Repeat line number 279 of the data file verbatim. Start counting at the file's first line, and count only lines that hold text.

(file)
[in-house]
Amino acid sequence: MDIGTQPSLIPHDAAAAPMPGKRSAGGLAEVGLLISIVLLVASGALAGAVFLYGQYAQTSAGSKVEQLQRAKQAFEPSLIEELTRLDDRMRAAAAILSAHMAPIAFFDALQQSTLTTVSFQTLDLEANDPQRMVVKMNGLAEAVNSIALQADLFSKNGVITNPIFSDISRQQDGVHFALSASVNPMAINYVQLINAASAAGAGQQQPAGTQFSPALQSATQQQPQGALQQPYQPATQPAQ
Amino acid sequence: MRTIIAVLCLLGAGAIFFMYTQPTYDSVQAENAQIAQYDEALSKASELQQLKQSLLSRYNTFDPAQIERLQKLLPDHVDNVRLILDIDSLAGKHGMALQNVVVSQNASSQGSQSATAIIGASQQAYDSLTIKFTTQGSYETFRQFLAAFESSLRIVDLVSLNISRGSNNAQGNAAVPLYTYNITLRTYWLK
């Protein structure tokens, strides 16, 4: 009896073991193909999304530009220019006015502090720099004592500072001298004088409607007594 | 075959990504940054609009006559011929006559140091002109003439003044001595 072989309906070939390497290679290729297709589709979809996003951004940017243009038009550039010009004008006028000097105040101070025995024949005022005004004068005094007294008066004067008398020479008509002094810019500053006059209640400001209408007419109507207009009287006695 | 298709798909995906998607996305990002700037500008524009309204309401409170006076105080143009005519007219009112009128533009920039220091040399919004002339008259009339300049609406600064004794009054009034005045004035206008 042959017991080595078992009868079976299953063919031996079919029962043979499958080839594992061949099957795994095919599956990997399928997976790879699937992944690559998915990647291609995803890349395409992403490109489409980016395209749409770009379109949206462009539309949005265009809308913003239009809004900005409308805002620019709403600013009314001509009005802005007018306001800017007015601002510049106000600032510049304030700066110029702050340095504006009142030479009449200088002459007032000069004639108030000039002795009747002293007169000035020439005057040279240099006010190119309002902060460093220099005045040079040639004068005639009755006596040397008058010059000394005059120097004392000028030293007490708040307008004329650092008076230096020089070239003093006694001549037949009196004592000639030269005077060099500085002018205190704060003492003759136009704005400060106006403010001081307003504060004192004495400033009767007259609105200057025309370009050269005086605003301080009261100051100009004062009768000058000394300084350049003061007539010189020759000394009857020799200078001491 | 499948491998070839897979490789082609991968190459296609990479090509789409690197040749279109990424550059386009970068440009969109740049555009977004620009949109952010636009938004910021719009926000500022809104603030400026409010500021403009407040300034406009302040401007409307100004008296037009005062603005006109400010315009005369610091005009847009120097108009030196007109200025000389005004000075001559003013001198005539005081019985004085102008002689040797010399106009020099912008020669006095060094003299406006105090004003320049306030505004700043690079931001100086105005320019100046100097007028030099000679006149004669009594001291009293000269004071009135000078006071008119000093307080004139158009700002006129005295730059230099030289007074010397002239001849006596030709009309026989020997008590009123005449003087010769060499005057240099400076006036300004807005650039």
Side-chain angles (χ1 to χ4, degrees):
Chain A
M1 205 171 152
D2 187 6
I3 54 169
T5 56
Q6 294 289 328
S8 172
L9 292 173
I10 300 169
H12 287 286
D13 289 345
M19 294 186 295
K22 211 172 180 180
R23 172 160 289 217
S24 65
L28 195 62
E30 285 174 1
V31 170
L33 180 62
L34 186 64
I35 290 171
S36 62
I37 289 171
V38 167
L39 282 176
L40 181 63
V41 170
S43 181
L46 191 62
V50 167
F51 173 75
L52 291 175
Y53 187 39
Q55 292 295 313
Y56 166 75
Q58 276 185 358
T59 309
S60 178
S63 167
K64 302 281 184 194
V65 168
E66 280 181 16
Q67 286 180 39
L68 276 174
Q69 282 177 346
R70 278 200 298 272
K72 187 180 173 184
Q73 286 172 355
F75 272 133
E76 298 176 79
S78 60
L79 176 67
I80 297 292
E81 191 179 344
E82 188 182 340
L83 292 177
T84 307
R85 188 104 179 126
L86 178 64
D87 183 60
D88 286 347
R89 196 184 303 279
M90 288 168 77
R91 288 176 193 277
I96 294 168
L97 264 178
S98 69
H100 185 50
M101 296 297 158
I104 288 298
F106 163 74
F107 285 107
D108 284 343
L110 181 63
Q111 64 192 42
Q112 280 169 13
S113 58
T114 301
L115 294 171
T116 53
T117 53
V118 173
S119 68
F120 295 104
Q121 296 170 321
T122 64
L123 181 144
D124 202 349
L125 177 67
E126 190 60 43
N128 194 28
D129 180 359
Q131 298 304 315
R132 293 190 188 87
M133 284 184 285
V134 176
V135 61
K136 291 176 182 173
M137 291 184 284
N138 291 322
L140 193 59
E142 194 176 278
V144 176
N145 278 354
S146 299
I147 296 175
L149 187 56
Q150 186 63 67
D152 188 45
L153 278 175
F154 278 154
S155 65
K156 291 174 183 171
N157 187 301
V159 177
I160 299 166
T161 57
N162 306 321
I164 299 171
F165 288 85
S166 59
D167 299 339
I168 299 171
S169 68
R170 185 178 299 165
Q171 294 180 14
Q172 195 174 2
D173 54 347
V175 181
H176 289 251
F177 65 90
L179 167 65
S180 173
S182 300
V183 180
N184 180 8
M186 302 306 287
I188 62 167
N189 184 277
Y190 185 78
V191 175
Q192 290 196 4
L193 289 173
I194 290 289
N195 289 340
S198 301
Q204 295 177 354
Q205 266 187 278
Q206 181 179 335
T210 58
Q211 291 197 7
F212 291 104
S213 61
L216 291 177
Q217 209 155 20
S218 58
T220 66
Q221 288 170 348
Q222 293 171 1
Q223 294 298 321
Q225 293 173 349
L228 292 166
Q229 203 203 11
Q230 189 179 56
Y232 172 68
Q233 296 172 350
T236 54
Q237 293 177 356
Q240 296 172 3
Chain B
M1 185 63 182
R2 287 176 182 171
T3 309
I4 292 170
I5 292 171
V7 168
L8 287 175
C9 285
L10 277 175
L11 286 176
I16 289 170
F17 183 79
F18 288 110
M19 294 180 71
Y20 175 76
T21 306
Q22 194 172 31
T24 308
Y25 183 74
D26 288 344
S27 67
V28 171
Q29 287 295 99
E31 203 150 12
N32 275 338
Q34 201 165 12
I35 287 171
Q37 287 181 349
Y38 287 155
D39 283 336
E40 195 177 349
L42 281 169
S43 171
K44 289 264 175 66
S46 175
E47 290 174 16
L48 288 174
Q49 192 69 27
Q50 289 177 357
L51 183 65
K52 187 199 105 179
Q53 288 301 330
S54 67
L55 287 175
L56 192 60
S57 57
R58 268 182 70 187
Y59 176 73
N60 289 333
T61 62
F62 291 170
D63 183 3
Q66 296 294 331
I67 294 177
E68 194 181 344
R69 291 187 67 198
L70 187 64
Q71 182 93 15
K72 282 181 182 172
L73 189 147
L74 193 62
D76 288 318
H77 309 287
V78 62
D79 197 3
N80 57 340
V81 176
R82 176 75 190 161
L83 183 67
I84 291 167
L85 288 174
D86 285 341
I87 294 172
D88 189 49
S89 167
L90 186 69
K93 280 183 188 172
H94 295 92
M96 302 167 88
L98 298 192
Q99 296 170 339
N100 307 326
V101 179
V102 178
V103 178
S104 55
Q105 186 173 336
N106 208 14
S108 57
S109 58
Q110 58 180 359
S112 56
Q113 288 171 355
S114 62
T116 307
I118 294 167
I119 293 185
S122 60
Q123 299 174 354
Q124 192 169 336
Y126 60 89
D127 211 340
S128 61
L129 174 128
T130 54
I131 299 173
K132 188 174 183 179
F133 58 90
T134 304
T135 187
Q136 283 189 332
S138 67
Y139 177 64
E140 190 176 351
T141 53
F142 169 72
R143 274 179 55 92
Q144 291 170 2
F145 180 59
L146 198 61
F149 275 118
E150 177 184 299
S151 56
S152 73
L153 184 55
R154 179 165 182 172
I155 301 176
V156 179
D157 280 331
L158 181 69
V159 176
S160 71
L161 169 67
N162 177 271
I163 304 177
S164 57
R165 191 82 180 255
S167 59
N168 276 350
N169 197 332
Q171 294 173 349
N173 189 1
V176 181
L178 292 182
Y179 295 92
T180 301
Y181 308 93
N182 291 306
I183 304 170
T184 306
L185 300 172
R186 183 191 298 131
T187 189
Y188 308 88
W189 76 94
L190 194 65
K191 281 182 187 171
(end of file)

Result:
L129 174 128